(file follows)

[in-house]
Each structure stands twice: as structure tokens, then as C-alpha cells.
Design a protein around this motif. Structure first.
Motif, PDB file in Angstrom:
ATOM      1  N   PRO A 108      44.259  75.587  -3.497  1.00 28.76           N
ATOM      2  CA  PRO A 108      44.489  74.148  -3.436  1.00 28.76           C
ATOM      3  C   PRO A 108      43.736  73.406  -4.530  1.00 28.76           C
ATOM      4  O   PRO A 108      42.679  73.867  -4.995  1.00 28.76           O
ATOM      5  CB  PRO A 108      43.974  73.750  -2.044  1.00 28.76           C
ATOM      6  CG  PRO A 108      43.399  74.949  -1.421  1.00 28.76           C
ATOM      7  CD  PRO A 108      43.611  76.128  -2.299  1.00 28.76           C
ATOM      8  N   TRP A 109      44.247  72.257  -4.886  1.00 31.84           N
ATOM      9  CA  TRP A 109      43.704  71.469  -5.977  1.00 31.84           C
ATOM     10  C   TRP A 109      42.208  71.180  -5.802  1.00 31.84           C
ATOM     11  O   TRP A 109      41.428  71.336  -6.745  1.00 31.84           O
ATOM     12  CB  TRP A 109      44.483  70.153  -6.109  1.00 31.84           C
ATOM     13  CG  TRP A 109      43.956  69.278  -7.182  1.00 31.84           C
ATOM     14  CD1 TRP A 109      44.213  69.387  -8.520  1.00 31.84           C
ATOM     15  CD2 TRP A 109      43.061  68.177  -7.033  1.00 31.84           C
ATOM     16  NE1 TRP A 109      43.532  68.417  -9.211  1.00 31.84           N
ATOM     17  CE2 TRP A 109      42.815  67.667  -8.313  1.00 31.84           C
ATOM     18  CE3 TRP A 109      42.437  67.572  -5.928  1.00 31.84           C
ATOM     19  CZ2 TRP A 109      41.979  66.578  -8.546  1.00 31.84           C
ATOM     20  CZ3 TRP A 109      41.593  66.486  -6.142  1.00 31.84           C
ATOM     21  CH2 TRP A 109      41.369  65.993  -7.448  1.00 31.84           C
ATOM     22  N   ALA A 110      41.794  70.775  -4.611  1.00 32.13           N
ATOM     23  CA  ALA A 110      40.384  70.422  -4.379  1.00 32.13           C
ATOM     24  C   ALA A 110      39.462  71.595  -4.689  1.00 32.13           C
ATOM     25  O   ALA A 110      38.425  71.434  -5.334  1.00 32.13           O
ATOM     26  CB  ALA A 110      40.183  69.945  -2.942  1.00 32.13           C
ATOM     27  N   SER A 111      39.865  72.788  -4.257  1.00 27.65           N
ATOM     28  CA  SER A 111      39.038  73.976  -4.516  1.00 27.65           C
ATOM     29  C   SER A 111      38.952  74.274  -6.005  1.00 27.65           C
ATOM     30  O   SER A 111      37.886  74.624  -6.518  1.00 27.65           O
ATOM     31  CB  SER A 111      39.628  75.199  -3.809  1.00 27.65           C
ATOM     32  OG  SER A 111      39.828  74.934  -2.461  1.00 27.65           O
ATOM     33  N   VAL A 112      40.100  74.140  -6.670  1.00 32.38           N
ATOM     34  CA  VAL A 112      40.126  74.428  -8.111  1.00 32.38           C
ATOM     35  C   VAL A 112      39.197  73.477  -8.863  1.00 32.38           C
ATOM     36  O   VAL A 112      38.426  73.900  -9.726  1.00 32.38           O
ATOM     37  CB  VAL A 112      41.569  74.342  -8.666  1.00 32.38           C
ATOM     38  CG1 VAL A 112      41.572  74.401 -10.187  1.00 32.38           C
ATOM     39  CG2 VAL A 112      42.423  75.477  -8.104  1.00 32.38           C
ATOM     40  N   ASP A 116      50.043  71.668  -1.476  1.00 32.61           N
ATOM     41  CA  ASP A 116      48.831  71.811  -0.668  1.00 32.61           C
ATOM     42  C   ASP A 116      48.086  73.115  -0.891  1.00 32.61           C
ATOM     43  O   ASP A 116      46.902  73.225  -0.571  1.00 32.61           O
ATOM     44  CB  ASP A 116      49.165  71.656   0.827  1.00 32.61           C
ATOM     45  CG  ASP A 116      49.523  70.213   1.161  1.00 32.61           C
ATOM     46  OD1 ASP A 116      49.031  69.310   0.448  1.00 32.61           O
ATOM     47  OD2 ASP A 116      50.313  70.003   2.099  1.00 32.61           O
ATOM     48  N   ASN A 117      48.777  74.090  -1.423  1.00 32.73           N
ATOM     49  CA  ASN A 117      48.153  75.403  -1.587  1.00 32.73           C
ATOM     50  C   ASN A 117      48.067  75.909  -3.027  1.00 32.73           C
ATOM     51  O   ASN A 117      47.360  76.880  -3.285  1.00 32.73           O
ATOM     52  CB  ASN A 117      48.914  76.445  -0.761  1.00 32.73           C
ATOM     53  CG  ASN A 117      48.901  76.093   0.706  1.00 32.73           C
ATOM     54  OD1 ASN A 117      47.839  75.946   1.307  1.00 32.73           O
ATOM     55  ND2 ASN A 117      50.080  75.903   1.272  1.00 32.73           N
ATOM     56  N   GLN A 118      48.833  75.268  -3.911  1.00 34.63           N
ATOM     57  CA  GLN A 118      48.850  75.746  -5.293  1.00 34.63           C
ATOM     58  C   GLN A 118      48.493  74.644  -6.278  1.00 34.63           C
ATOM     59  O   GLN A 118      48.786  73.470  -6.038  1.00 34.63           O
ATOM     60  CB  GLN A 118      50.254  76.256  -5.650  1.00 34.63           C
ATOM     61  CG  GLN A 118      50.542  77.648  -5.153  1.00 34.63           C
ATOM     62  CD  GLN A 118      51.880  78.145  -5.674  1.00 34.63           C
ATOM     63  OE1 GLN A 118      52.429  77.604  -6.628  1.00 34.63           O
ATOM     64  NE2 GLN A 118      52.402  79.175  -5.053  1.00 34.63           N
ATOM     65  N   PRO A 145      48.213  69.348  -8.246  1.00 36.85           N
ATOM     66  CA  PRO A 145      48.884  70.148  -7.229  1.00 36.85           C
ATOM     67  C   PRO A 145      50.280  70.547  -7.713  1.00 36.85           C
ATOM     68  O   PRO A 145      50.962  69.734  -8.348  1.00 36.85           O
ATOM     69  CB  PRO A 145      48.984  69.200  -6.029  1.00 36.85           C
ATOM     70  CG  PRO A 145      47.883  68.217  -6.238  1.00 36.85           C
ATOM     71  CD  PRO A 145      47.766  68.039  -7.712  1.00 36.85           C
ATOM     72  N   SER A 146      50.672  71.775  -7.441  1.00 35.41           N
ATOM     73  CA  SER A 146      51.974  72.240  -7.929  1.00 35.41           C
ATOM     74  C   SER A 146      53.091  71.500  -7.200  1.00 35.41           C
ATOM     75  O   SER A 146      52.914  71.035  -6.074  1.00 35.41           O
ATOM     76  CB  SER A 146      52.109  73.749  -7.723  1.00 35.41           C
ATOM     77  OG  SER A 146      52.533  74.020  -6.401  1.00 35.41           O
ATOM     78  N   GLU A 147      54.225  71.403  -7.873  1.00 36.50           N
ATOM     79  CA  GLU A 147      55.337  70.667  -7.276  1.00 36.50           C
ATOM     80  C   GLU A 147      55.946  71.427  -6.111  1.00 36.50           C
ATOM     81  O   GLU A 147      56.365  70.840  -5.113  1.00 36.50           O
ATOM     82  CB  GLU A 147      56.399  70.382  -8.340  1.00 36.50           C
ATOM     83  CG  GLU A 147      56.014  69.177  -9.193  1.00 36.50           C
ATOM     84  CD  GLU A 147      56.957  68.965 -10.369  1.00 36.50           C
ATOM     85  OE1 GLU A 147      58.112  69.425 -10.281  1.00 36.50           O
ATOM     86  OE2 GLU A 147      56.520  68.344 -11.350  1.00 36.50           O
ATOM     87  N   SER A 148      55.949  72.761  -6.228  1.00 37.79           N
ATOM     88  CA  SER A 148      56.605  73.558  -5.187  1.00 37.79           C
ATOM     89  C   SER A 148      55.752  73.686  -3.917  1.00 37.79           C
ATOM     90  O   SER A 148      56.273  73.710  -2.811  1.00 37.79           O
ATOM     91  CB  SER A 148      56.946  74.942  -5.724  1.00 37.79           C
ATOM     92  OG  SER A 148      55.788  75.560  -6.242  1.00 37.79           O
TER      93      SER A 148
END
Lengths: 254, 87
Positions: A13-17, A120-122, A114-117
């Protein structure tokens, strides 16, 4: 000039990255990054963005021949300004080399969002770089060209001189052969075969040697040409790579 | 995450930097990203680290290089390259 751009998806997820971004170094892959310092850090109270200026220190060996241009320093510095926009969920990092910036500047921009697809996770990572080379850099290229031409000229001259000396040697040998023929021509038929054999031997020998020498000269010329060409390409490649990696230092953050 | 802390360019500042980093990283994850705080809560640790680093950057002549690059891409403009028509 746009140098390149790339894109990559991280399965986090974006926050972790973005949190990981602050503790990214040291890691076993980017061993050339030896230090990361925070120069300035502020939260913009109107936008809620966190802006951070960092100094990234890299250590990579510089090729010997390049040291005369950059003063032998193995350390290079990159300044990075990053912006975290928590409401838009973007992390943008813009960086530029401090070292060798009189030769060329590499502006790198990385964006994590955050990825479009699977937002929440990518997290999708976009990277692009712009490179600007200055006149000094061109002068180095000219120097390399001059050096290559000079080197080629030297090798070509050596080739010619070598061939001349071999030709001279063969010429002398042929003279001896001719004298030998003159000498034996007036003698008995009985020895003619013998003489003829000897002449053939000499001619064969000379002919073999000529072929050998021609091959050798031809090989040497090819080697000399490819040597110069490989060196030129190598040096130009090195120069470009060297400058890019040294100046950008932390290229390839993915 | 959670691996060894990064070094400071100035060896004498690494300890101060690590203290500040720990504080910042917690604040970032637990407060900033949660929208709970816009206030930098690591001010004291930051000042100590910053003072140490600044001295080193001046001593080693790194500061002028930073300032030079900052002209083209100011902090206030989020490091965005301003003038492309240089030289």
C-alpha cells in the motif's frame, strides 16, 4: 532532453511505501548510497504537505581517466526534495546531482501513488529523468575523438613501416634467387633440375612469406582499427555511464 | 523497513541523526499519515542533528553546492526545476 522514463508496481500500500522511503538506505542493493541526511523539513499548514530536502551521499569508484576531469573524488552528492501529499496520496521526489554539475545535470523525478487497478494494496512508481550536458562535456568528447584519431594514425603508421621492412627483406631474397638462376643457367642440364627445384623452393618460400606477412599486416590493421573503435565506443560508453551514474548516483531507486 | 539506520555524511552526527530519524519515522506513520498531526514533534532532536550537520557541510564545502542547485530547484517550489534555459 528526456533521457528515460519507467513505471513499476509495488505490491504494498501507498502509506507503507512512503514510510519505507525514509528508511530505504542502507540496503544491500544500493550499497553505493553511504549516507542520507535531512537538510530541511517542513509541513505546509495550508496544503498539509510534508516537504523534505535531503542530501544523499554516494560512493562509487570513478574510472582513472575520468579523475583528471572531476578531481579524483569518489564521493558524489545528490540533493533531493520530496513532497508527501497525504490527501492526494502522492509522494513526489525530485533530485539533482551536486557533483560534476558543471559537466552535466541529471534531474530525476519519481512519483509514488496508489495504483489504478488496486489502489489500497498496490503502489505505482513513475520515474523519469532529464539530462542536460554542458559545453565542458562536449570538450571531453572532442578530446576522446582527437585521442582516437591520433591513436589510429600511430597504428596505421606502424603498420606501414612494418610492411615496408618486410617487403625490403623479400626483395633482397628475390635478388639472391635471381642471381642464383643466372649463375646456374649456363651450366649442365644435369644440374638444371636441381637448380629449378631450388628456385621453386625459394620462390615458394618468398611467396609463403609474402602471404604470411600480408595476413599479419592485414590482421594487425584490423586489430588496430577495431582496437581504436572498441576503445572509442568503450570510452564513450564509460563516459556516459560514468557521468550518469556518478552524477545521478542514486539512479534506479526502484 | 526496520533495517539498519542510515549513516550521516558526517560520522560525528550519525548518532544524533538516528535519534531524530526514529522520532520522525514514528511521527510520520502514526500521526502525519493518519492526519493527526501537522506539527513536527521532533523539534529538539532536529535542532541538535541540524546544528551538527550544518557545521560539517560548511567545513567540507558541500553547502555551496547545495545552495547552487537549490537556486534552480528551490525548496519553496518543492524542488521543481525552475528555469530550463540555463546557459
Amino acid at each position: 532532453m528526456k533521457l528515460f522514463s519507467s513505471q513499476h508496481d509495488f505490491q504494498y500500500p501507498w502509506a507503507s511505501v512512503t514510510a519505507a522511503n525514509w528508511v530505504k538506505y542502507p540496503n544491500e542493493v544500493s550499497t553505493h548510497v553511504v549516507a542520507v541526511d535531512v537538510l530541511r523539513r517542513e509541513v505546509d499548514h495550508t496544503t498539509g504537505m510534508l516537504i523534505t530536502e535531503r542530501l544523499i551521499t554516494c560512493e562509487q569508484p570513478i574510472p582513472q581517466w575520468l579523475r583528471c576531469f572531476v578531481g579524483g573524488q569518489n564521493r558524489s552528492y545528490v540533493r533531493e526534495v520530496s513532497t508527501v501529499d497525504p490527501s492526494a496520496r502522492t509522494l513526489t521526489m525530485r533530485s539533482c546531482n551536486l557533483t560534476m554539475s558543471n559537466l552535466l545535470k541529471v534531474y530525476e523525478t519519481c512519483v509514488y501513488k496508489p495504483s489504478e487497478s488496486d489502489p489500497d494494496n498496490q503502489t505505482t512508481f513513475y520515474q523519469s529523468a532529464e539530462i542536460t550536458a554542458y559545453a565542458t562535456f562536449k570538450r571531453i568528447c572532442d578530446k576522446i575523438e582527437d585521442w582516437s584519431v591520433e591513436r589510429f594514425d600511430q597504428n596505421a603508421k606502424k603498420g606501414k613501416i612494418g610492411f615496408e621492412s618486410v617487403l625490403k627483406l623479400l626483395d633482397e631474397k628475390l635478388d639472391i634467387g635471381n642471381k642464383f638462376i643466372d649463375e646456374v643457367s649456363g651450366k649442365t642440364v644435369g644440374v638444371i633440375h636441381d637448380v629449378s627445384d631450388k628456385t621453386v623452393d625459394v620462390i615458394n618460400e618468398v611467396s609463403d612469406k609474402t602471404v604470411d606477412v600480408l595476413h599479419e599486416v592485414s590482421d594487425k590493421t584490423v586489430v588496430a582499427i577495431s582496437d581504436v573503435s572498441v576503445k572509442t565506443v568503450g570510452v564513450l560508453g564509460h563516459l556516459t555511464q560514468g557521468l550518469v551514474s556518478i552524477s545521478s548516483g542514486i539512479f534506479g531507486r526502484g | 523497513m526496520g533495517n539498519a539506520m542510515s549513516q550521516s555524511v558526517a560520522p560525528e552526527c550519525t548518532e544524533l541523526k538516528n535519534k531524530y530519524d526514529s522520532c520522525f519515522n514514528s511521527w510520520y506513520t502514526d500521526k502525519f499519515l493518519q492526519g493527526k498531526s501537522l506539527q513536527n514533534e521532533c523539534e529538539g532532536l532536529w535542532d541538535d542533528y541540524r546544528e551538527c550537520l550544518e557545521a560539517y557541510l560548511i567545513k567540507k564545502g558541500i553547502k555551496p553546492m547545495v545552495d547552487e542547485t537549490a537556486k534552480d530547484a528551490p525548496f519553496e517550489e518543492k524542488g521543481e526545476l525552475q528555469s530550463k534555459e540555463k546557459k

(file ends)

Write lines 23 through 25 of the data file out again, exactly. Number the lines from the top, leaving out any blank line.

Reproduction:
ATOM     19  CZ2 TRP A 109      41.979  66.578  -8.546  1.00 31.84           C
ATOM     20  CZ3 TRP A 109      41.593  66.486  -6.142  1.00 31.84           C
ATOM     21  CH2 TRP A 109      41.369  65.993  -7.448  1.00 31.84           C